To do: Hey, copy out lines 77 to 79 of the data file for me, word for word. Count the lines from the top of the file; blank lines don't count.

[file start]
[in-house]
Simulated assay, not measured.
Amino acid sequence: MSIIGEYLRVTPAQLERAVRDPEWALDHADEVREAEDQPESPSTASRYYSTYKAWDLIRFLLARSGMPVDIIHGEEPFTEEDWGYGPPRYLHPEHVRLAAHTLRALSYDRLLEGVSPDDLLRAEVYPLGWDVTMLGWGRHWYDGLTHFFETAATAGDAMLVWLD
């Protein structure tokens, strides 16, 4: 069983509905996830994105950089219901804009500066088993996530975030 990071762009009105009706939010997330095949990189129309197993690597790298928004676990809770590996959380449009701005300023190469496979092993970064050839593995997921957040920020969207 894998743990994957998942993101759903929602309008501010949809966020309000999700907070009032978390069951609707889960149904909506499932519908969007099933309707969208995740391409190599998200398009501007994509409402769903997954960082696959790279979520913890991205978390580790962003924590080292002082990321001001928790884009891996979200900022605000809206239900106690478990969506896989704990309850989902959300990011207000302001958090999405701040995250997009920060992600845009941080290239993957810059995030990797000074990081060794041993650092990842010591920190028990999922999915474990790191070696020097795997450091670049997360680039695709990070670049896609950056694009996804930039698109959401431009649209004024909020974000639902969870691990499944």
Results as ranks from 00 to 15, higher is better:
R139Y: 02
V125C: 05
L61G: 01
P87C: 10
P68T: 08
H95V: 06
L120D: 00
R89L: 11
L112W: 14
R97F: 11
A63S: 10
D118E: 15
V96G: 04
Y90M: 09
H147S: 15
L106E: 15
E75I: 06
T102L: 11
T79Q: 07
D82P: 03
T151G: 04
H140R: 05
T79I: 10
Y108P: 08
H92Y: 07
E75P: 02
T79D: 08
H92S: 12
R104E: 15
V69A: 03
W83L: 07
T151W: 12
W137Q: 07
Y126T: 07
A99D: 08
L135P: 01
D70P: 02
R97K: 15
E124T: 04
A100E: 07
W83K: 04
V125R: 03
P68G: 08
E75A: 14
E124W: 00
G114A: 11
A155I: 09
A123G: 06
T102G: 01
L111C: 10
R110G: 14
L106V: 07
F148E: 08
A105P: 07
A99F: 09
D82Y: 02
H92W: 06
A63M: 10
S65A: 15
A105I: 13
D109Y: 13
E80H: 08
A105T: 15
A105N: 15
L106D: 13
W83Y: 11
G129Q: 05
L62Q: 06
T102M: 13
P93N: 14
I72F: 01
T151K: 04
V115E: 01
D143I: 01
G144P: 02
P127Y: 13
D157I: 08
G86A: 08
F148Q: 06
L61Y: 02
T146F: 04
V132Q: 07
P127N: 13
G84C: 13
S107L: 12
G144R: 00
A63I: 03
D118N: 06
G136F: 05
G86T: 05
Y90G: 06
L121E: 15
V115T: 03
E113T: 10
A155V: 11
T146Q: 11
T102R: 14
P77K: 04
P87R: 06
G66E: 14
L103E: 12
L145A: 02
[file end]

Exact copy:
T151K: 04
V115E: 01
D143I: 01